Authored by Enrico Trigoso via The Epooch Times (emphasis ours),
American Airlines, a leading carrier based in Fort Worth, is currently grappling with a significant challenge. The airline is unable to operate approximately 150 of its regional aircraft due to a persistent shortage of pilots, as revealed by CEO Robert Isom.
Speaking at the Bernstein 39th Annual Strategic Decisions Conference, Isom stated, “We would deploy properly to markets that aren’t being served. We would do that today. It’s just we don’t have the pilots.”
This issue arises at a time when the airline industry is witnessing a record demand for travel, particularly during the summer season. However, the capacity to meet this demand is constrained by the lack of pilots, leading to grounded planes and missed opportunities to capitalize on high ticket prices. Isom noted that the situation is more severe than the previous year when the pilot shortage began to significantly affect regional airlines as demand rebounded following the downturn caused by the COVID-19 pandemic.
Looking ahead, Isom shared that American Airlines expects to acquire more pilots for its regional network over the next 18 to 24 months. Once these pilots are onboard, the grounded aircraft will be reintroduced into service in a manner that is expected to generate favorable unit revenues. He stated, “American anticipates getting more pilots over the next 18 to 24 months for the regional network, and those aircraft would be put back into service in a fashion that is going to produce unit revenues that are very favorable.”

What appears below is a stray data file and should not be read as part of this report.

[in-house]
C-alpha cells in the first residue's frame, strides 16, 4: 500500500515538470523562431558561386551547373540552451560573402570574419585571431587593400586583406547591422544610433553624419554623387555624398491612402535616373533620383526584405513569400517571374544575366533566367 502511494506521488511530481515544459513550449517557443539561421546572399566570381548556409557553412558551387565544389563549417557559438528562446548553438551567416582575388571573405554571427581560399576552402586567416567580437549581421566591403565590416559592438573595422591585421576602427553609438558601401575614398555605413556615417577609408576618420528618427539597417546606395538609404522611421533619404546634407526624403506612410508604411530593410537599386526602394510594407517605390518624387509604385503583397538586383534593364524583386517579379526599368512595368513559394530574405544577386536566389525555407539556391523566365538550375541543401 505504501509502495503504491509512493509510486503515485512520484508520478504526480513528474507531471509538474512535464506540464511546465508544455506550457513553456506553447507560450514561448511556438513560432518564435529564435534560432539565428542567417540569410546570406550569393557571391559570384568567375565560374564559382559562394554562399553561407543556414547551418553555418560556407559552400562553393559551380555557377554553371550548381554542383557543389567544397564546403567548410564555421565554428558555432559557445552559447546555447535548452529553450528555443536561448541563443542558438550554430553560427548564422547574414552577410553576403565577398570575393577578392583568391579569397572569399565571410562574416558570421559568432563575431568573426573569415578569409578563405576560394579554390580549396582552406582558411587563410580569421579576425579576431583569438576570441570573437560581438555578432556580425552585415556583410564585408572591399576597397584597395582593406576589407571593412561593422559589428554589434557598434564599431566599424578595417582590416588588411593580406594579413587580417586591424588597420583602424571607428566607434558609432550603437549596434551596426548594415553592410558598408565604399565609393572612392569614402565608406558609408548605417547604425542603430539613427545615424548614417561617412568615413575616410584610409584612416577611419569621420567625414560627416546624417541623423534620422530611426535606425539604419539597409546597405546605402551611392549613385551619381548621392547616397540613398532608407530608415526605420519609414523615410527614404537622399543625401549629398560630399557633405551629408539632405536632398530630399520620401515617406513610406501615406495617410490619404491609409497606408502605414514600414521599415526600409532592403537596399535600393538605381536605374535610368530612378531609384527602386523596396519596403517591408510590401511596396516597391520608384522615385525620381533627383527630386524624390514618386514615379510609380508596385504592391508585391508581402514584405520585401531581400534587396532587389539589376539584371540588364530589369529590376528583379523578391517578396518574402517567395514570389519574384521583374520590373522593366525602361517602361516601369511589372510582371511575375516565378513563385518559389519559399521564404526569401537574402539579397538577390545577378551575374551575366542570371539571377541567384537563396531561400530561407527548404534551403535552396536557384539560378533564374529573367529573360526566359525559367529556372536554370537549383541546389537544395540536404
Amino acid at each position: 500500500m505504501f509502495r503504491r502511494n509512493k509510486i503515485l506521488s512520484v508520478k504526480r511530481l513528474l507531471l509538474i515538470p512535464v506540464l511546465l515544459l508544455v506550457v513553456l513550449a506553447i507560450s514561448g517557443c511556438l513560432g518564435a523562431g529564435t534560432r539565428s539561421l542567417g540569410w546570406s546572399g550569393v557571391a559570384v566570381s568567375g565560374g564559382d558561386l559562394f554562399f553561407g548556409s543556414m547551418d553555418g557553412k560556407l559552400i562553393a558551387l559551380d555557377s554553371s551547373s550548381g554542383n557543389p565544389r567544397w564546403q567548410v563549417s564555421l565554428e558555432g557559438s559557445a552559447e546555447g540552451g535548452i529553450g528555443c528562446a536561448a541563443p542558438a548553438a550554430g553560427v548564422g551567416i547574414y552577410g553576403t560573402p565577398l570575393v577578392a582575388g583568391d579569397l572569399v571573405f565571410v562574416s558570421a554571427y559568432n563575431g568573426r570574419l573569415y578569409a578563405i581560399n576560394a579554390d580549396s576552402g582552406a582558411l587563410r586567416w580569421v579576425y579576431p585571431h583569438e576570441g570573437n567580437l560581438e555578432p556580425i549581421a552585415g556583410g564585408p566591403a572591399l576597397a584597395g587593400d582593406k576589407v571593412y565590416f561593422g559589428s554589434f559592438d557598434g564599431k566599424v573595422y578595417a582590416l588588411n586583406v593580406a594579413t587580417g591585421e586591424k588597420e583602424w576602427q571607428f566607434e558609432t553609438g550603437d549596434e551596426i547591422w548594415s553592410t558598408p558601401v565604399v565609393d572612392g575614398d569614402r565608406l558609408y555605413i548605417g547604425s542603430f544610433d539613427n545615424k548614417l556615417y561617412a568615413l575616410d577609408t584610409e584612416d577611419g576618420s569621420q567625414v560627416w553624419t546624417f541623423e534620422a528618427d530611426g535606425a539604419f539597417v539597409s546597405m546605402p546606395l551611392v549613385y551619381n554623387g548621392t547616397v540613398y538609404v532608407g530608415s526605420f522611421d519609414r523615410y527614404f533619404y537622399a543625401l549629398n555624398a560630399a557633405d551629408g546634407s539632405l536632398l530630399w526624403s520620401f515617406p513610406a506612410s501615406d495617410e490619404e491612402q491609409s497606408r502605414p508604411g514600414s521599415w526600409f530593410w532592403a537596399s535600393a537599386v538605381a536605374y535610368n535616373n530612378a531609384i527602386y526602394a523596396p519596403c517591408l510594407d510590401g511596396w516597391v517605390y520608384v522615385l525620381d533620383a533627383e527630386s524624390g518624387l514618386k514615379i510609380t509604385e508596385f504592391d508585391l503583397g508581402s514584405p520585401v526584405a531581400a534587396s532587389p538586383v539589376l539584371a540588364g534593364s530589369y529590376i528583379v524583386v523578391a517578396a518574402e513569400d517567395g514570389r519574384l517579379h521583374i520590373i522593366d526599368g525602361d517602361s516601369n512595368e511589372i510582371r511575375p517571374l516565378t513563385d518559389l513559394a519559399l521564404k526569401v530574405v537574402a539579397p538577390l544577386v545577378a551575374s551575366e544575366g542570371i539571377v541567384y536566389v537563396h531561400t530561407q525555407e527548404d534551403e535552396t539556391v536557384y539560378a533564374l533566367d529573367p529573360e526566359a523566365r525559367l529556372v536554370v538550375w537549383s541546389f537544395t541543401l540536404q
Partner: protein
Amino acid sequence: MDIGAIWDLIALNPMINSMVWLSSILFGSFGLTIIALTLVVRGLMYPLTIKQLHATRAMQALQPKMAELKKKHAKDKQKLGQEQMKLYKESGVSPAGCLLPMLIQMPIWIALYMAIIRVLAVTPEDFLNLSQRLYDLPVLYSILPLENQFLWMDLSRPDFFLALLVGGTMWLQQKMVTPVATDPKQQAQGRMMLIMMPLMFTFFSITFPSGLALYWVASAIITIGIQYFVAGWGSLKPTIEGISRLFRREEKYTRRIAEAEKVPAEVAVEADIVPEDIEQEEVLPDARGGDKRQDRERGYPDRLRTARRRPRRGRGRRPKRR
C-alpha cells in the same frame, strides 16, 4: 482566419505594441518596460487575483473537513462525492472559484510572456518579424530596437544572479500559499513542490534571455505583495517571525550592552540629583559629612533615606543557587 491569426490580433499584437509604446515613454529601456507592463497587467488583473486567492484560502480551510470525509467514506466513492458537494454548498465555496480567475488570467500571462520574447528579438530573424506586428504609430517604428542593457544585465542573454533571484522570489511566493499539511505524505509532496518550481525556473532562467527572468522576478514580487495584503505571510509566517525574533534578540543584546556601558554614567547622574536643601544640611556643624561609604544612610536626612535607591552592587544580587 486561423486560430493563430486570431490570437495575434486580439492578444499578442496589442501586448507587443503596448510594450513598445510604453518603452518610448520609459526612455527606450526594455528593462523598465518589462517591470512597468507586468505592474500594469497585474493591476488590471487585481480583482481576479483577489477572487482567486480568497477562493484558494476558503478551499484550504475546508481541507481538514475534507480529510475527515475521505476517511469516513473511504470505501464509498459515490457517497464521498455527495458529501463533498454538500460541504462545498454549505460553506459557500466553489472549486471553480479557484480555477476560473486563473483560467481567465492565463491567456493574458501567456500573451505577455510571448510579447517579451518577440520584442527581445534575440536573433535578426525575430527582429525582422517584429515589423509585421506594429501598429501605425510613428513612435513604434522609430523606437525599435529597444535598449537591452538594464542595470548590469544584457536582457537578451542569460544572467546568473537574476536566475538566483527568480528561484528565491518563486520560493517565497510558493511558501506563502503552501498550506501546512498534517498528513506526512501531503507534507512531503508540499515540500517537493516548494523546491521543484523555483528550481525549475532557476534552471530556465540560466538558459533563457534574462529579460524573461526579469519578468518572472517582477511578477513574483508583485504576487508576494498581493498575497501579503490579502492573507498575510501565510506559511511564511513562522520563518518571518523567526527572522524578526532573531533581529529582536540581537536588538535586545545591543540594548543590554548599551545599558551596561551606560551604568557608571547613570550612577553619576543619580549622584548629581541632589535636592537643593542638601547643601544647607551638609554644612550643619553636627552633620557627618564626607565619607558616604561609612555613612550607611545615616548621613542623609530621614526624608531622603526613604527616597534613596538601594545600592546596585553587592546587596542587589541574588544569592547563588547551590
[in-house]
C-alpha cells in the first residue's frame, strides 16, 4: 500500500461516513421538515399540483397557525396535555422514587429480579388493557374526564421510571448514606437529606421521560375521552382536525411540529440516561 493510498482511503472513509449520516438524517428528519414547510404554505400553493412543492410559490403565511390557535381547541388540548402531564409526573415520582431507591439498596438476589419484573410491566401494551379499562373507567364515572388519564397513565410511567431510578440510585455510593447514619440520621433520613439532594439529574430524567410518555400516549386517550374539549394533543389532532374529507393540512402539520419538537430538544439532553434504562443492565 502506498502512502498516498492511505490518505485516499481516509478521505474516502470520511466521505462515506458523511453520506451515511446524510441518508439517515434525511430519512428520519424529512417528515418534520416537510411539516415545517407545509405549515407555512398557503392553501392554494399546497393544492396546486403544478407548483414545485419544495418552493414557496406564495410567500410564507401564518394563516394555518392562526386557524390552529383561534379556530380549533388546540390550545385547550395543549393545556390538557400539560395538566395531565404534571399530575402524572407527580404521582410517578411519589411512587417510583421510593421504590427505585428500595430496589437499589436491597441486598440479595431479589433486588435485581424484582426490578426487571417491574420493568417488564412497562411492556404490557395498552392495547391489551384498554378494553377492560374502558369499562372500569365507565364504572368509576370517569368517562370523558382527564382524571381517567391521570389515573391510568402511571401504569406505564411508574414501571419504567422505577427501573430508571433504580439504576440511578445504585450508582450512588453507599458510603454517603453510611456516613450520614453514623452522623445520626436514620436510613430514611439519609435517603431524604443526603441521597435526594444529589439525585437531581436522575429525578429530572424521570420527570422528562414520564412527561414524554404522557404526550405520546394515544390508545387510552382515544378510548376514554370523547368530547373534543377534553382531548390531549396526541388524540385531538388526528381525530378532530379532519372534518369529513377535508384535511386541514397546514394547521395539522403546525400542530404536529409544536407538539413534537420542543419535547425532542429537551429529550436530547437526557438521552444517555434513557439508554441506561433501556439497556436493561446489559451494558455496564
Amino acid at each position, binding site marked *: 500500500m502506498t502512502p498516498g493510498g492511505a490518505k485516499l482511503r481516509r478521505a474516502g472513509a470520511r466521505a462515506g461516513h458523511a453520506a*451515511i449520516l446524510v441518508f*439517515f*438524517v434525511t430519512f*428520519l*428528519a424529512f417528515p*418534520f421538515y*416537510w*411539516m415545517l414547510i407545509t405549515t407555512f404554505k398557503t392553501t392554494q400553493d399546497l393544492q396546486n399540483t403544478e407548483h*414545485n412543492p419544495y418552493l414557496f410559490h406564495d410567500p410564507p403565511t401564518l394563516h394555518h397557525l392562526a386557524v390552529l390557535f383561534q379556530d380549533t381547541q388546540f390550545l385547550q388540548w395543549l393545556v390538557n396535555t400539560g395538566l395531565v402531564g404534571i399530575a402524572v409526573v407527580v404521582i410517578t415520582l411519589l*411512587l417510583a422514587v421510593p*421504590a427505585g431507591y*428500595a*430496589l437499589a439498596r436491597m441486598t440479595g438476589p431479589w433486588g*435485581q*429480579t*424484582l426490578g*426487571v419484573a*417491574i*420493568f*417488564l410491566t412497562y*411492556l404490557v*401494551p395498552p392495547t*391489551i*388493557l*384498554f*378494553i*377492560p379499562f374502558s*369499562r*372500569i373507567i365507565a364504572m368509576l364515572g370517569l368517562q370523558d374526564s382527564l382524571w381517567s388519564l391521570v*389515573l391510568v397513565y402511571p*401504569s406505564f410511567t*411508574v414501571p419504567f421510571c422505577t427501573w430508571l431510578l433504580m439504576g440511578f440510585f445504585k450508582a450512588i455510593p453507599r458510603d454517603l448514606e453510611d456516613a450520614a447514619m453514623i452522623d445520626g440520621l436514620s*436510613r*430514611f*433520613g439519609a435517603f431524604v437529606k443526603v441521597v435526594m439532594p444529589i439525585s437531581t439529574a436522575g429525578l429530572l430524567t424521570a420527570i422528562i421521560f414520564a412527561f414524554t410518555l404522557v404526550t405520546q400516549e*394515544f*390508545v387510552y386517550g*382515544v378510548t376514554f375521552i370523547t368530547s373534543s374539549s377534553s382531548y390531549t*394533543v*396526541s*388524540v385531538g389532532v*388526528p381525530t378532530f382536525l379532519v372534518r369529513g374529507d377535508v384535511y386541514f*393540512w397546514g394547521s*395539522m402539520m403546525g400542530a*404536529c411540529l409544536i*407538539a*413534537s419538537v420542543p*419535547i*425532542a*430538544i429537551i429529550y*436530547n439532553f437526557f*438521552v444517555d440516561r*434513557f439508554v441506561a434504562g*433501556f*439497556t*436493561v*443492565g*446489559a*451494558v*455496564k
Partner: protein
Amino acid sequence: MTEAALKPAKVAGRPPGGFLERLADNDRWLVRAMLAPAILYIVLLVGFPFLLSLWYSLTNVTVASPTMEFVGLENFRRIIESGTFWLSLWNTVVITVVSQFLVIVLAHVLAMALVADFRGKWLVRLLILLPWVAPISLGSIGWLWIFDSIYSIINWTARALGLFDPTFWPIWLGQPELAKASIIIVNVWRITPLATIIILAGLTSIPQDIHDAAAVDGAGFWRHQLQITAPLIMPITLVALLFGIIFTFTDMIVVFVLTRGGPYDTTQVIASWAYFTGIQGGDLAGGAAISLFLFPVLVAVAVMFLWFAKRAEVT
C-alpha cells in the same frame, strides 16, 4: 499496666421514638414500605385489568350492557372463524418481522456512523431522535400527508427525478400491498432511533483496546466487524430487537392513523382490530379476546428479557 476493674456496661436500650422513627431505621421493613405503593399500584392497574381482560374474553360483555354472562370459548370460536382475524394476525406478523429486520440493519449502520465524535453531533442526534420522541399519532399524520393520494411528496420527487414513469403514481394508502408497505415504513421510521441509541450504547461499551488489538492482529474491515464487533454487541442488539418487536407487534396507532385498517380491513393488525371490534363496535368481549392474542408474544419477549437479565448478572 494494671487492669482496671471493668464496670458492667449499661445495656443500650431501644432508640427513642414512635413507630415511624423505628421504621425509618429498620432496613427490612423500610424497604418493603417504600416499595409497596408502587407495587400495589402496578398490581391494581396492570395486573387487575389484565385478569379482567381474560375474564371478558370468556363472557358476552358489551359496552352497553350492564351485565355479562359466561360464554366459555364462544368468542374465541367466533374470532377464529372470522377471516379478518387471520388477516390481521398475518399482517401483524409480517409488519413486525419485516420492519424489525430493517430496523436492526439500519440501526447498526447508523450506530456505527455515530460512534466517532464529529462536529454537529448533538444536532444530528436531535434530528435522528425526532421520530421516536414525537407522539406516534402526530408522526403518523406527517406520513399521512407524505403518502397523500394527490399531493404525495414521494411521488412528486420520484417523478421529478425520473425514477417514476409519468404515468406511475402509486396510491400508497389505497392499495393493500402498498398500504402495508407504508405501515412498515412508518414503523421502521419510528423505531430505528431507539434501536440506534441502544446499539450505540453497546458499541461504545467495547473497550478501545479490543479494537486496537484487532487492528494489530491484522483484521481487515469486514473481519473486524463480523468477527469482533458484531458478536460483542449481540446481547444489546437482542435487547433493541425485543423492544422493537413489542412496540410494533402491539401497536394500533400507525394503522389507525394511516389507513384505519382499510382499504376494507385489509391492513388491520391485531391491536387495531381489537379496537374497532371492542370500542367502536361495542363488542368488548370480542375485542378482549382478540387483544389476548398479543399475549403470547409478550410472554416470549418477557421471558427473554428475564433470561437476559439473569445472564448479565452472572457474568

However, the challenge of pilot shortage is not unique to American Airlines. The airline industry as a whole is projected to face a deficit of nearly 80,000 pilots by 2032, as per a report by Oliver Wyman.
The report said the supply of pilots is being affected by a wave of early retirements that occurred during the pandemic, a mandatory age of retirement of 65, compounded by an older workforce, a “shrinking pool of potential pilots from the military, and a tough value proposition for perspective [sic] candidates outside the military.”
In an effort to address this issue, American Airlines has recently reached a tentative agreement with its pilots union, the Allied Pilots Association, which represents over 15,000 pilots. The agreement includes a proposed pay raise of about 21 percent for this year, in addition to back-dated raises dating back to 2020. Isom believes that the airline has been efficient in its operations and has seen a significant number of pilots expressing interest in becoming first officers.
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